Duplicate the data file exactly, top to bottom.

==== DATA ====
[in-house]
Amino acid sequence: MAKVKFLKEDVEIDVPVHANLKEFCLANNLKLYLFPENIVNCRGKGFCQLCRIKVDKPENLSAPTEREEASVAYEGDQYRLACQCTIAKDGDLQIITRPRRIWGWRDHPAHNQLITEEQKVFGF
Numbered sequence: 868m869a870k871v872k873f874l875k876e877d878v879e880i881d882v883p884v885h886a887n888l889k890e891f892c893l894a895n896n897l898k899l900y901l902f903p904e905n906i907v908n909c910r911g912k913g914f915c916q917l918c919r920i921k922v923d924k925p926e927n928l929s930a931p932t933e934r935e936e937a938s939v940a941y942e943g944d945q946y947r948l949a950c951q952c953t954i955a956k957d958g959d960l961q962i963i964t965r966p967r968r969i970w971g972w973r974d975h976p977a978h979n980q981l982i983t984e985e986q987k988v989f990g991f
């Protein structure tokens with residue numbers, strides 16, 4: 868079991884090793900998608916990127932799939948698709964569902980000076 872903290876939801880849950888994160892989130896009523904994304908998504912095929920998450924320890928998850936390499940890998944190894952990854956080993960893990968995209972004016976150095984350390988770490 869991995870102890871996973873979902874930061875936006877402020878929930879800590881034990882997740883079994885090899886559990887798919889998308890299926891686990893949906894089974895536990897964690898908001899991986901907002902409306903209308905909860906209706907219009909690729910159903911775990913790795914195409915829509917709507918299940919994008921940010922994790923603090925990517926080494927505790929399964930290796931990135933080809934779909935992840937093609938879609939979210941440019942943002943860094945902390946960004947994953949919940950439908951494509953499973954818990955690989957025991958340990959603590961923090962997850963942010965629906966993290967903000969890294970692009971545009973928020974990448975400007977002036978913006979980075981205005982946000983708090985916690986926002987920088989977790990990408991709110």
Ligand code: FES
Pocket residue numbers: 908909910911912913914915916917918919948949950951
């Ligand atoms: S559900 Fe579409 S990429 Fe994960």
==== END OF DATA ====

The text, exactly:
[in-house]
Amino acid sequence: MAKVKFLKEDVEIDVPVHANLKEFCLANNLKLYLFPENIVNCRGKGFCQLCRIKVDKPENLSAPTEREEASVAYEGDQYRLACQCTIAKDGDLQIITRPRRIWGWRDHPAHNQLITEEQKVFGF
Numbered sequence: 868m869a870k871v872k873f874l875k876e877d878v879e880i881d882v883p884v885h886a887n888l889k890e891f892c893l894a895n896n897l898k899l900y901l902f903p904e905n906i907v908n909c910r911g912k913g914f915c916q917l918c919r920i921k922v923d924k925p926e927n928l929s930a931p932t933e934r935e936e937a938s939v940a941y942e943g944d945q946y947r948l949a950c951q952c953t954i955a956k957d958g959d960l961q962i963i964t965r966p967r968r969i970w971g972w973r974d975h976p977a978h979n980q981l982i983t984e985e986q987k988v989f990g991f
């Protein structure tokens with residue numbers, strides 16, 4: 868079991884090793900998608916990127932799939948698709964569902980000076 872903290876939801880849950888994160892989130896009523904994304908998504912095929920998450924320890928998850936390499940890998944190894952990854956080993960893990968995209972004016976150095984350390988770490 869991995870102890871996973873979902874930061875936006877402020878929930879800590881034990882997740883079994885090899886559990887798919889998308890299926891686990893949906894089974895536990897964690898908001899991986901907002902409306903209308905909860906209706907219009909690729910159903911775990913790795914195409915829509917709507918299940919994008921940010922994790923603090925990517926080494927505790929399964930290796931990135933080809934779909935992840937093609938879609939979210941440019942943002943860094945902390946960004947994953949919940950439908951494509953499973954818990955690989957025991958340990959603590961923090962997850963942010965629906966993290967903000969890294970692009971545009973928020974990448975400007977002036978913006979980075981205005982946000983708090985916690986926002987920088989977790990990408991709110």
Ligand code: FES
Pocket residue numbers: 908909910911912913914915916917918919948949950951
């Ligand atoms: S559900 Fe579409 S990429 Fe994960």